Commandaria is a Cypriot tasty, sweet wine produced free of any sweeteners or colouring which is made of a mixture of black and white grapes, or even separately, just by either using only black or only white grapes (Baume 7-12 degrees, 13-20% vol.).

The main features of Commandaria, which is served as dessert wine, include its fine taste and aroma. When Commandaria is made exclusively of white grapes it produces a fine colour and aroma but it is less sweet. When it is made just by using black grapes it is quite sweet but is lacks in colour. Hence, to achieve a special kind of perfect and standardised Commandaria according to predetermined specifications, wineries mix both types of grapes.

The name Commandaria was given to this sweet red Cypriot wine by the Hospitaller Knights of Jerusalem (later known as the Knights of Rhodes and Malta), one of the religious military orders which settled in Cyprus after the Luzignans assumed command of the island in 1192 A.D. The order’s military command known as Commanderie or Commandaria was stationed in Kolossi. The Hospitaller Knights also owned the fertile area around Kolossi which included large expanses of wheat, cotton and sugarcane plantations, as well as vineyards and that is the area where the well-known sweet wine of the island was produced. As a result, the Hospitaller Knights adopted and perfected the production of this wine, which they named Commandaria, after their military command, even though this type of wine had been produced in Cyprus a lot earlier. However, we don’t know exactly which grape varieties and proportions were used for the production of the wine back then.

The Hospitaller Knights, being wine connoisseurs and experts in its production techniques excelled in promoting the trade of Commandaria, which became famous through the centuries and is possibly the most ancient wine brand still in use. Commandaria was particularly popular and well-sought after among the most important trade centres of the Mediterranean. In Venice, Commandaria was excluded of any import taxes as it was considered to be a tonic drink. It is also known that in 1363, during a convention known as the “Reception of the Five Kings”, which was held by the mayor of London in honour of Peter I, King of Cyprus at the time and four other kings, Edward III of England, David of Scotland, John of France and Weltermar of Denmark, Commandaria was served only to enthuse everyone who tasted it. A painting hanging at the Royal Exchange of London vividly depicts the colour and brilliance of the entire reception.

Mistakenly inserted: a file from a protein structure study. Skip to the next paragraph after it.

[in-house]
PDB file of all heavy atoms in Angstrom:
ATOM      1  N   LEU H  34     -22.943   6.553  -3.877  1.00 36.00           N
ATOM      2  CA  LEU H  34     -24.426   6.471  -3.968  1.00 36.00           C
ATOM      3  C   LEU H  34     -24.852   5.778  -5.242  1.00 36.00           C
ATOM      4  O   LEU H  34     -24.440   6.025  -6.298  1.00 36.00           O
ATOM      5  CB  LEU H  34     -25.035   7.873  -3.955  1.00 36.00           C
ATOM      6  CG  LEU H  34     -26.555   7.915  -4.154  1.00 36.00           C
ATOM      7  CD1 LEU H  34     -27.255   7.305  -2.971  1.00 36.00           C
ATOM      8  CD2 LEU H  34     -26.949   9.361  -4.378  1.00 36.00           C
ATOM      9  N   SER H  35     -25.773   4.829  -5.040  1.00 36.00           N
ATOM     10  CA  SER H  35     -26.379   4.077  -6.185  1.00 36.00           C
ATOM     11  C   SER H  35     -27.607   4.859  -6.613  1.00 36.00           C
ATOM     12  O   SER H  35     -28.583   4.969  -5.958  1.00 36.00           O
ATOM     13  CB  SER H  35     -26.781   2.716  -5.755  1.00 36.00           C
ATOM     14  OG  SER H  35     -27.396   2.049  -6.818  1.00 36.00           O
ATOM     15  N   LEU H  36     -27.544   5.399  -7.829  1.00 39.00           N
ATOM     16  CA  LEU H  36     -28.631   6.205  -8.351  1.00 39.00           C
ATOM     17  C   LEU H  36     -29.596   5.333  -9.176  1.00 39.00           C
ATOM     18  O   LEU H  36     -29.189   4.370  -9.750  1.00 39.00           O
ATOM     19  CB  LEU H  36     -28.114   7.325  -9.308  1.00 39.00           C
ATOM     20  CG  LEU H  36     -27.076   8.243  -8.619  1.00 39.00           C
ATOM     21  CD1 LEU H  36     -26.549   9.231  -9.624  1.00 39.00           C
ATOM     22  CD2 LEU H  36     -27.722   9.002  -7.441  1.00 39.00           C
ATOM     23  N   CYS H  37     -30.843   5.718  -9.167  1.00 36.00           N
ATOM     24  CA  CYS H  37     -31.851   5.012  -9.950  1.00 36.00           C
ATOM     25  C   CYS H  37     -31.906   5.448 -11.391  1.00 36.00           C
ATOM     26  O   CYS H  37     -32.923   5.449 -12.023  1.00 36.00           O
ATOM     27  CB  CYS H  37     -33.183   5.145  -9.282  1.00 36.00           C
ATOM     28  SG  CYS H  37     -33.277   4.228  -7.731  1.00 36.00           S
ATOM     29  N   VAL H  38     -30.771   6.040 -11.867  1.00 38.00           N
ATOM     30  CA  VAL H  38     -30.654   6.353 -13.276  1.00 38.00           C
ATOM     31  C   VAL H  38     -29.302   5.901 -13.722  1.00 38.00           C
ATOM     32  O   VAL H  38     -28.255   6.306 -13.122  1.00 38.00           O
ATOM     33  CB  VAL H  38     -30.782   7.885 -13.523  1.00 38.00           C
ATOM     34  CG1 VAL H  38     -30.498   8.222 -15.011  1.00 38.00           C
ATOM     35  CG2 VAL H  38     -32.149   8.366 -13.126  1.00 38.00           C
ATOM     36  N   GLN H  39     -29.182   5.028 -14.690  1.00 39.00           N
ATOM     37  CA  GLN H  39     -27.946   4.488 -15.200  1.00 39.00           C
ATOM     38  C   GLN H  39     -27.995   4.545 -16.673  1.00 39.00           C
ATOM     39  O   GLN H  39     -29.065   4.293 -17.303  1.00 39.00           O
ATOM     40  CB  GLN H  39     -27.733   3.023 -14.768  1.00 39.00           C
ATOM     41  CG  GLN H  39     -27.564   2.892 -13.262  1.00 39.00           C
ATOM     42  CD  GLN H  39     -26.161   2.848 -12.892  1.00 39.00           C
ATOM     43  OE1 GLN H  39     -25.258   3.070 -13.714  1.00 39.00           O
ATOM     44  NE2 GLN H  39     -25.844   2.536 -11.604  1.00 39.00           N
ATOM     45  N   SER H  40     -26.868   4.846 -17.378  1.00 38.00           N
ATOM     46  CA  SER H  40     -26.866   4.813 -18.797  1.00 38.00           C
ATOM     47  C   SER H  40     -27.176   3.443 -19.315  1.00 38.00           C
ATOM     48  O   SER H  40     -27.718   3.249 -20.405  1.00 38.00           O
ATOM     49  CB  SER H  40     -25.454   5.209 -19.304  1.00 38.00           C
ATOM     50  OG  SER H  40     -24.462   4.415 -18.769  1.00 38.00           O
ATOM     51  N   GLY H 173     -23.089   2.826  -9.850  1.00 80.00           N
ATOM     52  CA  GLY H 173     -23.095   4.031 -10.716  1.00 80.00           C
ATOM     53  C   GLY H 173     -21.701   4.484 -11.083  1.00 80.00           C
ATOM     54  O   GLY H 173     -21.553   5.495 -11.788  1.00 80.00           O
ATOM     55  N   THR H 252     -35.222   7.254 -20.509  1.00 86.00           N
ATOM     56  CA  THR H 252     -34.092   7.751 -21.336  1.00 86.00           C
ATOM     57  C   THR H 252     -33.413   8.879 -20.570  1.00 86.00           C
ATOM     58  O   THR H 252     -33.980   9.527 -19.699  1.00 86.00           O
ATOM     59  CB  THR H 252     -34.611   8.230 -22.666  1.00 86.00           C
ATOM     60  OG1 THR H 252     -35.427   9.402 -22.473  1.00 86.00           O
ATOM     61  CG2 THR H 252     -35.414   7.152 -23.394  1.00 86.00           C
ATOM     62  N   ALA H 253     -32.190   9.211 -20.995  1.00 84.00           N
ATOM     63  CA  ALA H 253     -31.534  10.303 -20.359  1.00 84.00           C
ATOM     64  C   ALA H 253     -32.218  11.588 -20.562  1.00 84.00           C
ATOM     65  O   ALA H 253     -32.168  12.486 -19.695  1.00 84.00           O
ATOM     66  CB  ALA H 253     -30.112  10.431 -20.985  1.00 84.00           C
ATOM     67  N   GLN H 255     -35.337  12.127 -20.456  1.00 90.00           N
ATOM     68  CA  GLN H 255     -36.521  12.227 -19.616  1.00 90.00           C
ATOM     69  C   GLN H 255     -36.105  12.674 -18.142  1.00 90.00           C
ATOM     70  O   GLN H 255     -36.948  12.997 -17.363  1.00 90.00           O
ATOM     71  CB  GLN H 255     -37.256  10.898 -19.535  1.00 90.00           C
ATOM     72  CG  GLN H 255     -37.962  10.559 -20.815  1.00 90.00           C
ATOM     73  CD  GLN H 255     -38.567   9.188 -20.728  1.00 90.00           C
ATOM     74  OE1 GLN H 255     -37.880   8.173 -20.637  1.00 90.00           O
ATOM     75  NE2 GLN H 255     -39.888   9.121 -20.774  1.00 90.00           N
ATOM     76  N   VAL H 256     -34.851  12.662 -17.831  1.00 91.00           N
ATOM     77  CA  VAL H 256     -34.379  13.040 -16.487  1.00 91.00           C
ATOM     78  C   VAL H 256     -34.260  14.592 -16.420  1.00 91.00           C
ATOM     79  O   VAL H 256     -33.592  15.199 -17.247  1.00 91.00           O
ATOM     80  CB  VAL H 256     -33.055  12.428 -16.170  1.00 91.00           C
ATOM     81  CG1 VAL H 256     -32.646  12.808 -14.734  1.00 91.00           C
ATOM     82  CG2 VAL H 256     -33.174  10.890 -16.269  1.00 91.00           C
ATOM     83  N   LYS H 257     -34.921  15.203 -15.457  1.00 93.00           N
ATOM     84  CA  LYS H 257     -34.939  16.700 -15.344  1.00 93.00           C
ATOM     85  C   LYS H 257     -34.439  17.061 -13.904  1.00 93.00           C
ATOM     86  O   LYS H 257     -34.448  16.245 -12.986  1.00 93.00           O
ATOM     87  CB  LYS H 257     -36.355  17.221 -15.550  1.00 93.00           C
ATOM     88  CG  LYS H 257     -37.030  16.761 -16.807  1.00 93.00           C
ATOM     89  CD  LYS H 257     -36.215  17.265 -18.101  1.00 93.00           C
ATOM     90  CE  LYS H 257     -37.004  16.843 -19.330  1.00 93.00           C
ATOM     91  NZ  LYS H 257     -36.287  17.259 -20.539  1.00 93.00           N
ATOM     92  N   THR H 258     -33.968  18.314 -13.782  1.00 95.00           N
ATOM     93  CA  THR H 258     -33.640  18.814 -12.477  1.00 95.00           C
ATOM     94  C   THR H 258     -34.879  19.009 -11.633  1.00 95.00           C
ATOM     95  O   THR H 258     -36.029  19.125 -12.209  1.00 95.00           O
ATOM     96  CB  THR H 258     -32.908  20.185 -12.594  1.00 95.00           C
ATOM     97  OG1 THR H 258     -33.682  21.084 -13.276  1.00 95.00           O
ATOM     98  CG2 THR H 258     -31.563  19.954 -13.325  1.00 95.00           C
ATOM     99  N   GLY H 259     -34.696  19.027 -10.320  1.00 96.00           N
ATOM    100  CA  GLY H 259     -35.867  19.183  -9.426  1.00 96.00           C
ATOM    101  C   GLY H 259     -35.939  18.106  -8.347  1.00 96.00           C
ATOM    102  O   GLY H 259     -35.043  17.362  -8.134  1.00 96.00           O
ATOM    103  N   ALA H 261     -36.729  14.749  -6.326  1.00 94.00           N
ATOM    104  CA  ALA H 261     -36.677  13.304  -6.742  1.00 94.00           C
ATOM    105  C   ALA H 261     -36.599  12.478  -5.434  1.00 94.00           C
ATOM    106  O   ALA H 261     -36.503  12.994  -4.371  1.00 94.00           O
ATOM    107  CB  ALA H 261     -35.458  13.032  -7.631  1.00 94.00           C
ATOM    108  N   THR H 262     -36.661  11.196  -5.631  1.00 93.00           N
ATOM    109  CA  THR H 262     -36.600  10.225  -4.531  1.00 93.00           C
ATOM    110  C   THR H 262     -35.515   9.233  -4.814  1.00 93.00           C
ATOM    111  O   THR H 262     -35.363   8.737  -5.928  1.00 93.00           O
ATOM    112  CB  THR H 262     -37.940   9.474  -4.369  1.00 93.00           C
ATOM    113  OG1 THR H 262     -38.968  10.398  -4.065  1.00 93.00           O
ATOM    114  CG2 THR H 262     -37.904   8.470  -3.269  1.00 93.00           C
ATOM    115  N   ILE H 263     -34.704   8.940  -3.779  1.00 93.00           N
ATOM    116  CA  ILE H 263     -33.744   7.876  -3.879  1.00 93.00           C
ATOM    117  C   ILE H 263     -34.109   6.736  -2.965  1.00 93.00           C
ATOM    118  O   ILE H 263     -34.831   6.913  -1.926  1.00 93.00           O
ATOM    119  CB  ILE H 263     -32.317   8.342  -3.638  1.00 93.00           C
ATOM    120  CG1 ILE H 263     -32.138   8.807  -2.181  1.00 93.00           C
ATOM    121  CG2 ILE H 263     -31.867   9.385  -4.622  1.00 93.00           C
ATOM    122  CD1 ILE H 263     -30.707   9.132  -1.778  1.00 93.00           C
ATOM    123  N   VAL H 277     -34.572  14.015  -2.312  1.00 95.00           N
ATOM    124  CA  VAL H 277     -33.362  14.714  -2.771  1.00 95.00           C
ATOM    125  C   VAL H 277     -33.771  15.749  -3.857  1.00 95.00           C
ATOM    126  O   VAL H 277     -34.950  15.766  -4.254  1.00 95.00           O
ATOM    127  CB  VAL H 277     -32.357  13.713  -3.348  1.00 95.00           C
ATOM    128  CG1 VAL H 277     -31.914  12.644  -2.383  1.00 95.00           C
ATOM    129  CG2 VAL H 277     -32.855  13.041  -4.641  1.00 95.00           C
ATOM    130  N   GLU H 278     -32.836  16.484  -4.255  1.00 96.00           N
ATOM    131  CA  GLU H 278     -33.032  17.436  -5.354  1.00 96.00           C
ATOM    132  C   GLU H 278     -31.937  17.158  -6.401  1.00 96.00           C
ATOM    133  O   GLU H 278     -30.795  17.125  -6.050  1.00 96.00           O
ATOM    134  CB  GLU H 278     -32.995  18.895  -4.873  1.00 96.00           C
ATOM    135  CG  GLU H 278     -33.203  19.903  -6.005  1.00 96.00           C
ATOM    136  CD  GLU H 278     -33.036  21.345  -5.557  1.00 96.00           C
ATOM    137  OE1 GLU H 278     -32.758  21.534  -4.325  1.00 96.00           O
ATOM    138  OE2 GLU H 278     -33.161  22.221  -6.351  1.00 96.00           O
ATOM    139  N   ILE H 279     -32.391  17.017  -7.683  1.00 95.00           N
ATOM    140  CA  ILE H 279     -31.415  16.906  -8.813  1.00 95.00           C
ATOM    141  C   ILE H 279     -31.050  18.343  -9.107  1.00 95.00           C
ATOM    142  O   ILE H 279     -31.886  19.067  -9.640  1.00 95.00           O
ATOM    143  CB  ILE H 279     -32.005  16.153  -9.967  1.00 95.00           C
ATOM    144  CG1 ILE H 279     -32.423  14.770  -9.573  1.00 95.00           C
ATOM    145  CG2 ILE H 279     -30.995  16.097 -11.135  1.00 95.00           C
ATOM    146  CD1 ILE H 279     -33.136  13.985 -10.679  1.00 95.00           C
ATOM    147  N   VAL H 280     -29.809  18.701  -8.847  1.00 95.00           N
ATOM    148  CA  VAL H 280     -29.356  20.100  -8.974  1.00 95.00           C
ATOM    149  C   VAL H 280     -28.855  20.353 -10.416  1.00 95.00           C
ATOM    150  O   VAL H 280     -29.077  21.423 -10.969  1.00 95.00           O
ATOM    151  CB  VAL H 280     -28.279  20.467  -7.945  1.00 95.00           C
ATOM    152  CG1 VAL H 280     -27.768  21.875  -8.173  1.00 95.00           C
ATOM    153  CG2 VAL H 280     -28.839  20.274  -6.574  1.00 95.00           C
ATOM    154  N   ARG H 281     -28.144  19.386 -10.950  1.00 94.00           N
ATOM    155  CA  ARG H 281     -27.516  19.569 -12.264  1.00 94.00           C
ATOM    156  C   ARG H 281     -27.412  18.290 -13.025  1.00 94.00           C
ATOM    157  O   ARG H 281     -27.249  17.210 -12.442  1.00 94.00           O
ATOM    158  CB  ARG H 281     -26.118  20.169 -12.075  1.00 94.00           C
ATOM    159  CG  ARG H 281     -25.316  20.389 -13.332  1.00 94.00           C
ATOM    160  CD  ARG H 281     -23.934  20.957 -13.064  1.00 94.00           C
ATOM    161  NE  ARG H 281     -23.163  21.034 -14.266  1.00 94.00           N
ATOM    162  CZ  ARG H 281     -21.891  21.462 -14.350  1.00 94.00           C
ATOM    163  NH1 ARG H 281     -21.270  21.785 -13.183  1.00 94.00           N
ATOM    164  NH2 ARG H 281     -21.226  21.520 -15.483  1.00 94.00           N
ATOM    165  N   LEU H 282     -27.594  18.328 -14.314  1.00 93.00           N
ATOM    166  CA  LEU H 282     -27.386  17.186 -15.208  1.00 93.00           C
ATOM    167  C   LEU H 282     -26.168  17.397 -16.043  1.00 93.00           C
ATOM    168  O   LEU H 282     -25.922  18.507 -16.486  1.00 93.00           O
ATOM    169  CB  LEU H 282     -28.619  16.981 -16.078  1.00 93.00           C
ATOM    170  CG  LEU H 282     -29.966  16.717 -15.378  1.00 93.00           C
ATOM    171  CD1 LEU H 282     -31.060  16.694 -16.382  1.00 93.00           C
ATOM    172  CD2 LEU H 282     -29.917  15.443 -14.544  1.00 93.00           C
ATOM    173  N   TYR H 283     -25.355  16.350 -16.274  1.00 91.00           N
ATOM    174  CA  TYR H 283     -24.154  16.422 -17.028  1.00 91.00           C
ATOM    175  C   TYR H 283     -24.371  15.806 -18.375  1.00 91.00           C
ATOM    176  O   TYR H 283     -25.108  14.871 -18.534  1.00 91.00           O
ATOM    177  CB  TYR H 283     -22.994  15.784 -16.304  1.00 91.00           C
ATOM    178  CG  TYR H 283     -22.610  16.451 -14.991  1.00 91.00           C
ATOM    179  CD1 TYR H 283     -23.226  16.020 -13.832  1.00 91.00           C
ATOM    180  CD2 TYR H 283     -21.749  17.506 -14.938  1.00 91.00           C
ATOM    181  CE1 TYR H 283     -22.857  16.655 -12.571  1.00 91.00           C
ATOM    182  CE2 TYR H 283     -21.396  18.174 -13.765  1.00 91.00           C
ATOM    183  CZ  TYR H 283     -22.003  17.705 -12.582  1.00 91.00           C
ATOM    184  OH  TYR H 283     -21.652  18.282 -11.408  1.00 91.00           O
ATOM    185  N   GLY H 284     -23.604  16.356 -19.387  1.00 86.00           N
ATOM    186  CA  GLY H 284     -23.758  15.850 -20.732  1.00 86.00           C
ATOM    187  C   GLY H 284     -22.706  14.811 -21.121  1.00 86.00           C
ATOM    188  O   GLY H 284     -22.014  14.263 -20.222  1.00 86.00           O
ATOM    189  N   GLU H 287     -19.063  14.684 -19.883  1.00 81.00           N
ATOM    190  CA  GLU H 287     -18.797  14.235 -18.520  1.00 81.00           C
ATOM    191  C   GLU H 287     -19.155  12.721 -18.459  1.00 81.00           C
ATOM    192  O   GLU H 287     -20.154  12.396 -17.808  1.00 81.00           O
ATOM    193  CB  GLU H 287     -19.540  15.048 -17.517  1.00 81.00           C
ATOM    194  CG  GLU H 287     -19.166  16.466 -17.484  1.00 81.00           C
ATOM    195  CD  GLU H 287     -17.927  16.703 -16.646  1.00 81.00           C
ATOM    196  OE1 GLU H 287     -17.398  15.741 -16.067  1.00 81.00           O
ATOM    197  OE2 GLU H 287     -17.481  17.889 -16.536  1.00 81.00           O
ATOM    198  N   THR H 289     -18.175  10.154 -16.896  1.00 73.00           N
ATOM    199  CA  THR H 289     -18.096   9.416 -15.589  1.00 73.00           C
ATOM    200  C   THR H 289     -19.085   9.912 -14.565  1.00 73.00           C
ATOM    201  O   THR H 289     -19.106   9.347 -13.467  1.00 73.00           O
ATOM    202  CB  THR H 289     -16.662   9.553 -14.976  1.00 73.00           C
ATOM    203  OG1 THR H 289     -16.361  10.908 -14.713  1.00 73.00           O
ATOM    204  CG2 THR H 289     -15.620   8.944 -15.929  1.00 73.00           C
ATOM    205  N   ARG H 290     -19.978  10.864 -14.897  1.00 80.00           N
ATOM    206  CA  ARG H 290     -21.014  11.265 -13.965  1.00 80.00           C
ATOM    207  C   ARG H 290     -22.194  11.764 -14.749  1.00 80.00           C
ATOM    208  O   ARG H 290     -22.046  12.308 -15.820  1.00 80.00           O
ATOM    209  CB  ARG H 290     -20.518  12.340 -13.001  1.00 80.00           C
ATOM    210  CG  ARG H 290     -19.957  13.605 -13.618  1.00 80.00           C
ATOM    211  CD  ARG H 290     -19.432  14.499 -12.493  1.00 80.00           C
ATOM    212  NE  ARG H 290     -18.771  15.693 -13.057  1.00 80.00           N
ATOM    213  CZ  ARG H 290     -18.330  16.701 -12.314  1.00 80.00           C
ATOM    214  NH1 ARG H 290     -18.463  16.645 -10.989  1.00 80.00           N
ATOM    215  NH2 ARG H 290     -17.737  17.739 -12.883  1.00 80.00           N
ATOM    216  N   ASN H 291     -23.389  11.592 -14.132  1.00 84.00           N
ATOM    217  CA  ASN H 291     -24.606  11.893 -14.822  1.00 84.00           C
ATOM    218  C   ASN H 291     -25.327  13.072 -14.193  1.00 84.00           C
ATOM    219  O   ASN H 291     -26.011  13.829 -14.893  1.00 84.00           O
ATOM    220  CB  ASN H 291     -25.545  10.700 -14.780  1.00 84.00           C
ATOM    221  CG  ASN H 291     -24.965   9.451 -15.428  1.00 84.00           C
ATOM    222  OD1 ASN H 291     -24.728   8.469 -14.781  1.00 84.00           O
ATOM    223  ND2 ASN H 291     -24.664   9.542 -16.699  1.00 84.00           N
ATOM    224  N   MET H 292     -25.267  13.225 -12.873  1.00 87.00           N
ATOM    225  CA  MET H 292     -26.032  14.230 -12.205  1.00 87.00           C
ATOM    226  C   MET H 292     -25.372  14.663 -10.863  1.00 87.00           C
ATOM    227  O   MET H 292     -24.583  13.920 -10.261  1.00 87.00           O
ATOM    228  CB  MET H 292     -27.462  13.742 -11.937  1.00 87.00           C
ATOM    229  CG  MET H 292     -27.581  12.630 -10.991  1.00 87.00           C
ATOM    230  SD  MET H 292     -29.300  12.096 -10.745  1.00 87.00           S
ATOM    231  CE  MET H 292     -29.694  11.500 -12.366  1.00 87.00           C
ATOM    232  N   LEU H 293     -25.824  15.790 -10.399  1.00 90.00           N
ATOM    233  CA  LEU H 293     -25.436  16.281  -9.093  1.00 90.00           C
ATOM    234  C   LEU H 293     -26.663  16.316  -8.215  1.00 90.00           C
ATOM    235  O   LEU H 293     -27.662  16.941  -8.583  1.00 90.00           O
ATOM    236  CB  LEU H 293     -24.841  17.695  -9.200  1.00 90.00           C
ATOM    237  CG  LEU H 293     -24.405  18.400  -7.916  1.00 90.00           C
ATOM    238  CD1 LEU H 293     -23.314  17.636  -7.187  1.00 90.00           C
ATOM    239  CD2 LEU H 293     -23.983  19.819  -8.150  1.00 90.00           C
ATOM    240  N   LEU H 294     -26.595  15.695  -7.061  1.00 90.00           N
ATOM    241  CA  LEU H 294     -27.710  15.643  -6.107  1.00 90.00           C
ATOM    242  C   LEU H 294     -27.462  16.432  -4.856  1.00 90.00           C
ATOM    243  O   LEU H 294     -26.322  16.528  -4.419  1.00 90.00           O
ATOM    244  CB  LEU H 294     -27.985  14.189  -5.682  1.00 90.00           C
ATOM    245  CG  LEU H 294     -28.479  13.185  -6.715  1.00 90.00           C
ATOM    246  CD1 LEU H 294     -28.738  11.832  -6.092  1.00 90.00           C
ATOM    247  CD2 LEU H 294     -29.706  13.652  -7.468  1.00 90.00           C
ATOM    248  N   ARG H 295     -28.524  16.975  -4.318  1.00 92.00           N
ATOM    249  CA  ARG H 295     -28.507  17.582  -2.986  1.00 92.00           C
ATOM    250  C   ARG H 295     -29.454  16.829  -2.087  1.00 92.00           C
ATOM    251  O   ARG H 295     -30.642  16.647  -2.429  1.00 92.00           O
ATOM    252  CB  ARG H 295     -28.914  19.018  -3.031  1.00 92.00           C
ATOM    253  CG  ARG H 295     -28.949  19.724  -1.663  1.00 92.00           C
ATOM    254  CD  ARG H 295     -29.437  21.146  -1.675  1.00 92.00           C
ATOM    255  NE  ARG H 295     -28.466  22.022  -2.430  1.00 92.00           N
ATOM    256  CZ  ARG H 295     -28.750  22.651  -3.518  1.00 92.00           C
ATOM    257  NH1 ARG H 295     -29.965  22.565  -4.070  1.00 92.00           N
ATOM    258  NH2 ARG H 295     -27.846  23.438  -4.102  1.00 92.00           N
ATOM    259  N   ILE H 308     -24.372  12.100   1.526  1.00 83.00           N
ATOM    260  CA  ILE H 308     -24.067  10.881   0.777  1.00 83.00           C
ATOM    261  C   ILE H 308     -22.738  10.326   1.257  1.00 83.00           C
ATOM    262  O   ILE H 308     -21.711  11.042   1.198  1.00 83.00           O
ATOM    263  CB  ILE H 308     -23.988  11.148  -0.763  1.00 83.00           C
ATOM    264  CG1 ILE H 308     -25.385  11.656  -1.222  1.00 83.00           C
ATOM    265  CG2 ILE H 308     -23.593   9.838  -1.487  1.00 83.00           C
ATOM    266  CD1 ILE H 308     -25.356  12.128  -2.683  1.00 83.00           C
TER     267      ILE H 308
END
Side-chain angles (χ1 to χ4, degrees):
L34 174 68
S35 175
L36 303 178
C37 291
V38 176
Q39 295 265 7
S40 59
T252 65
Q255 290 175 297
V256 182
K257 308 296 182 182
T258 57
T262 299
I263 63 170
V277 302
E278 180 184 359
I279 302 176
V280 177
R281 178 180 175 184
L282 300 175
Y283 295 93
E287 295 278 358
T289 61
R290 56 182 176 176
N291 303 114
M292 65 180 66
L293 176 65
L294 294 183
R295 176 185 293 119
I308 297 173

During the Frankish Occupation (1192-1489), as well as the Venetian Occupation (1489-1571), the wines of Cyprus and mainly Commandaria continued to be exported in all important trade centres of the time. According to testimonies, back in the 15th century Cypriot wines were exported in Madeira of Spain where the renowned Madeira wines were produced. Cypriot wines were also exported in Venice and Ragouza, two of the most important trading centres of the Mediterranean.

During the Turkish Occupation (1571-1878) both the production and exportation of Commandaria and other wines decreased significantly due to high taxation that was imposed. The decrease of the annual production also continued during the British occupation (1878-1960), while the production levels of Commandaria started to rise again in 1958.

Source: Great Cyprus Encyclopaedia, vol.7, p.271

Carobs